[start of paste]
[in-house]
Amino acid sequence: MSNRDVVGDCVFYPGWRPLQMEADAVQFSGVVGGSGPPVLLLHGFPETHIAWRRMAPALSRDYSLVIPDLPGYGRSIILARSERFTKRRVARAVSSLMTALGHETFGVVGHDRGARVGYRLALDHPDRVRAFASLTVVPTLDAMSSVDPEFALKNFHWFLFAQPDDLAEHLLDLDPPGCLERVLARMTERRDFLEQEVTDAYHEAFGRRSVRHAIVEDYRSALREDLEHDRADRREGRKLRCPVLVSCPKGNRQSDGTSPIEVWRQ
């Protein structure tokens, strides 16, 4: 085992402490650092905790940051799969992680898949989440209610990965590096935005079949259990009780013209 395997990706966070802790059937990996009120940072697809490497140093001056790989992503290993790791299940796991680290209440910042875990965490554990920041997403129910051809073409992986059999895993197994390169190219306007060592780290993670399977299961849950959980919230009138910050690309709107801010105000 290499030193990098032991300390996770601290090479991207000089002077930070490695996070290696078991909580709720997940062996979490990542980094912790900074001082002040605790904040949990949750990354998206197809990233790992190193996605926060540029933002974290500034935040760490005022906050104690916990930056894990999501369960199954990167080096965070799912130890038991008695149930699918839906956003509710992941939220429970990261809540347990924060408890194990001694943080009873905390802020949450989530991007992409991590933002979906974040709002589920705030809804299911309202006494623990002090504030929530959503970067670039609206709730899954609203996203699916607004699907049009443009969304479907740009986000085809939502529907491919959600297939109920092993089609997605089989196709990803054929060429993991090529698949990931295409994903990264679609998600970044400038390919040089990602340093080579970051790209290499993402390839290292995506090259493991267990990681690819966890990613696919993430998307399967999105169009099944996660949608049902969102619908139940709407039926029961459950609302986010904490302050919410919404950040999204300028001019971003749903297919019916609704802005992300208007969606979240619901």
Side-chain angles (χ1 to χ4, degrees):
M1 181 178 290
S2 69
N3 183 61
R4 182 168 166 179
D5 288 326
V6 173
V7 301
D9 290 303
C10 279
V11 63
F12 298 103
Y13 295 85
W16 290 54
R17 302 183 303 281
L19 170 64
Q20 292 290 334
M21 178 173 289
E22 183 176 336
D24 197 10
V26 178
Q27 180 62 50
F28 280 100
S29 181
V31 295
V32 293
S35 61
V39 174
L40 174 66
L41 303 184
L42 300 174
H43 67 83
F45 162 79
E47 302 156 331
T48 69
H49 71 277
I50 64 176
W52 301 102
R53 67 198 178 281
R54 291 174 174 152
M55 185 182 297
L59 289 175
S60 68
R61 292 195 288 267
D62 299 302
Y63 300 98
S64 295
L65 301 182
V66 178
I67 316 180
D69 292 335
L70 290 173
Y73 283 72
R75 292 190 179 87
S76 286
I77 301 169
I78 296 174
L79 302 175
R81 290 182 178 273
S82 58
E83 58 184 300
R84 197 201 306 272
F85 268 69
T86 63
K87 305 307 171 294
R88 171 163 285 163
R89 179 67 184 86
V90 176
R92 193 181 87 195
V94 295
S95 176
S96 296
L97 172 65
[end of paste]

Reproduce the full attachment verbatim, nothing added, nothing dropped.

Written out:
[in-house]
Amino acid sequence: MSNRDVVGDCVFYPGWRPLQMEADAVQFSGVVGGSGPPVLLLHGFPETHIAWRRMAPALSRDYSLVIPDLPGYGRSIILARSERFTKRRVARAVSSLMTALGHETFGVVGHDRGARVGYRLALDHPDRVRAFASLTVVPTLDAMSSVDPEFALKNFHWFLFAQPDDLAEHLLDLDPPGCLERVLARMTERRDFLEQEVTDAYHEAFGRRSVRHAIVEDYRSALREDLEHDRADRREGRKLRCPVLVSCPKGNRQSDGTSPIEVWRQ
């Protein structure tokens, strides 16, 4: 085992402490650092905790940051799969992680898949989440209610990965590096935005079949259990009780013209 395997990706966070802790059937990996009120940072697809490497140093001056790989992503290993790791299940796991680290209440910042875990965490554990920041997403129910051809073409992986059999895993197994390169190219306007060592780290993670399977299961849950959980919230009138910050690309709107801010105000 290499030193990098032991300390996770601290090479991207000089002077930070490695996070290696078991909580709720997940062996979490990542980094912790900074001082002040605790904040949990949750990354998206197809990233790992190193996605926060540029933002974290500034935040760490005022906050104690916990930056894990999501369960199954990167080096965070799912130890038991008695149930699918839906956003509710992941939220429970990261809540347990924060408890194990001694943080009873905390802020949450989530991007992409991590933002979906974040709002589920705030809804299911309202006494623990002090504030929530959503970067670039609206709730899954609203996203699916607004699907049009443009969304479907740009986000085809939502529907491919959600297939109920092993089609997605089989196709990803054929060429993991090529698949990931295409994903990264679609998600970044400038390919040089990602340093080579970051790209290499993402390839290292995506090259493991267990990681690819966890990613696919993430998307399967999105169009099944996660949608049902969102619908139940709407039926029961459950609302986010904490302050919410919404950040999204300028001019971003749903297919019916609704802005992300208007969606979240619901």
Side-chain angles (χ1 to χ4, degrees):
M1 181 178 290
S2 69
N3 183 61
R4 182 168 166 179
D5 288 326
V6 173
V7 301
D9 290 303
C10 279
V11 63
F12 298 103
Y13 295 85
W16 290 54
R17 302 183 303 281
L19 170 64
Q20 292 290 334
M21 178 173 289
E22 183 176 336
D24 197 10
V26 178
Q27 180 62 50
F28 280 100
S29 181
V31 295
V32 293
S35 61
V39 174
L40 174 66
L41 303 184
L42 300 174
H43 67 83
F45 162 79
E47 302 156 331
T48 69
H49 71 277
I50 64 176
W52 301 102
R53 67 198 178 281
R54 291 174 174 152
M55 185 182 297
L59 289 175
S60 68
R61 292 195 288 267
D62 299 302
Y63 300 98
S64 295
L65 301 182
V66 178
I67 316 180
D69 292 335
L70 290 173
Y73 283 72
R75 292 190 179 87
S76 286
I77 301 169
I78 296 174
L79 302 175
R81 290 182 178 273
S82 58
E83 58 184 300
R84 197 201 306 272
F85 268 69
T86 63
K87 305 307 171 294
R88 171 163 285 163
R89 179 67 184 86
V90 176
R92 193 181 87 195
V94 295
S95 176
S96 296
L97 172 65